Linking Imagine Austin's Vision to Reality: Best Practices in Development Review Panel
How do we link a vision to a practical reality? As Austin embarks on updating its Land Development Code, great opportunities exist to improve the development review process. Scroll down for 5 of the top recommendations from out-of-town panelists. Click here to download the report which includes best practices shared from the panelists.
On October 15th, 2013, four experts convened to discuss ways to improve the development review process (see their video); whether it is looking at decision-making (administrative vs. legislative), redefining staff responsibilities, changing notification procedures, and implementing new technology, ideas were shared to help improve Austin’s processes.
The embedded video shares some of the lessons of Best Practices in Development Review: Smoother! Faster! Smarter! Here are some of the take away points that are vocalized by the panelists:
- Make as many decisions as possible administratively and consolidate the number of boards and commissions. This encourages a more efficient review process that can enable higher quality and more affordable development. Panelist, Planner and Attorney Mark White stated, “Legislative bodies should make legislative decisions. Legislative bodies should not make administrative decisions whenever you can avoid that.”
- The movement is to paperless plan submittal and review. The benefits include keeping all parties informed of where hold-ups are in the process, saving paper, and greater efficiency. It is important to note that this transition would require additional resources to provide larger monitors for review staff to proficiently process plans.
- A pay-for-expedited process has been used in multiple cities to provide a quicker review, though-if used-expedited review should not set others back. Expedited reviews can be viewed as a piloted project, since it shows that a higher level-of-service is possible.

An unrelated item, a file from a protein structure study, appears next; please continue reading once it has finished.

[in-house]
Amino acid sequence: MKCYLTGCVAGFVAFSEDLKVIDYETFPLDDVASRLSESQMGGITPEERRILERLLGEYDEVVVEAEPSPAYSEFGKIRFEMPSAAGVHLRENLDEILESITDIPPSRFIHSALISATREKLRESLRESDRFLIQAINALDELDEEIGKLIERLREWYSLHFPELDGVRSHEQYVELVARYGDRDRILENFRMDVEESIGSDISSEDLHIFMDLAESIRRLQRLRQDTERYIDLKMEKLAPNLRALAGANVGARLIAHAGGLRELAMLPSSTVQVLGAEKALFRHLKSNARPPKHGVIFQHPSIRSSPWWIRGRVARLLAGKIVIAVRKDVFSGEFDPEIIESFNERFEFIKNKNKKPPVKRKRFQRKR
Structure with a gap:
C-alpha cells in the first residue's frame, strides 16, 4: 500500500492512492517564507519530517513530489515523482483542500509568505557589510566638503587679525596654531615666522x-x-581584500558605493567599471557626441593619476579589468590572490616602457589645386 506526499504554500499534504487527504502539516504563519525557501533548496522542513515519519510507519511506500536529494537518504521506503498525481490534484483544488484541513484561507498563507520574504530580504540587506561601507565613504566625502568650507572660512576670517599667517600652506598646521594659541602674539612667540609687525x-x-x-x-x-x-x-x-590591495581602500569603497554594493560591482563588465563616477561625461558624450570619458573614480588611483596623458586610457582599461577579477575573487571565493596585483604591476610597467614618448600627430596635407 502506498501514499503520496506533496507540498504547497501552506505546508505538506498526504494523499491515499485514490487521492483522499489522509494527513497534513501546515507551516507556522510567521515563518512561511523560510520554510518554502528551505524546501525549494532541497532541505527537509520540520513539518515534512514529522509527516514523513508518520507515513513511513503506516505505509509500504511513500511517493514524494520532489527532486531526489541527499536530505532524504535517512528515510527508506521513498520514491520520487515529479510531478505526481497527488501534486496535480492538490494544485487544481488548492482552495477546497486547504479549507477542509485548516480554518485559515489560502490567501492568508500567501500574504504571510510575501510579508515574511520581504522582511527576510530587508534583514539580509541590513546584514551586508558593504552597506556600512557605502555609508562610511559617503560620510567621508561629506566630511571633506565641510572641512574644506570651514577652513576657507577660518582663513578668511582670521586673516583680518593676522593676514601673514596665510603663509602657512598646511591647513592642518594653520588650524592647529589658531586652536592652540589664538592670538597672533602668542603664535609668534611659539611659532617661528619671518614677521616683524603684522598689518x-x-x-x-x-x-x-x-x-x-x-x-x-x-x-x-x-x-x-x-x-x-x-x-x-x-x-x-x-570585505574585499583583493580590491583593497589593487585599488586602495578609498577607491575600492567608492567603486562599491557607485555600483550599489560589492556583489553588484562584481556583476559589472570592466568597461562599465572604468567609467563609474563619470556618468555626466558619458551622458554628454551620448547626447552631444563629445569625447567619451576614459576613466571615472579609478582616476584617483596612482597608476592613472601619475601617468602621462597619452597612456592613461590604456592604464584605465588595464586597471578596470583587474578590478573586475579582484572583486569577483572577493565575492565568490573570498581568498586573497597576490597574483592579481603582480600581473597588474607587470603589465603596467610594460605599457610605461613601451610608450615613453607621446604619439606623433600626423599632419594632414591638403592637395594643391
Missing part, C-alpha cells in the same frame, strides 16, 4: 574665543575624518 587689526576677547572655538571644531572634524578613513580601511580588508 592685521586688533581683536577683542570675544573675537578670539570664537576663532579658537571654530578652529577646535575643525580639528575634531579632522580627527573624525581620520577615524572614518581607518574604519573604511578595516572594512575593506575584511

- There is no reason to be under-staffed. Paul Zucker cited that cities can have full-cost recovery with reserves available for periods of recession. Staff responsibilities should expand beyond one area of review—such as combining zoning compliance and single-family review—which allows increased capacity and horsepower.
- Rethink notification through citizen/developer meetings, early notification and technology. Early notice can allow more time for public participation, a shortened timeline for developers, and potentially improved projects.
Following the panel, attendees were invited to break-out sessions with panelists and Land Development Code Advisory Group members to be able to ask questions on the following subject areas:
|Session Title||Panelist||Code Advisory Group Member|
|Challenges and Other Cities' Processes||LaShondra Holmes Stringfellow||Dave Sullivan|
|How to Implement Changes||Peter Park||Mandy De Mayo|
|Law & the Land Development Code||Mark White||Chris Bradford|
|What are the Goals of a new Code?||Paul Zucker||Melissa Neslund|
The words, ideas, and suggestions from the panelists will be presented to the Land Development Code Consultant Team for consideration. The ideas expressed by the panelists are their own do not necessarily reflect those of the City of Austin.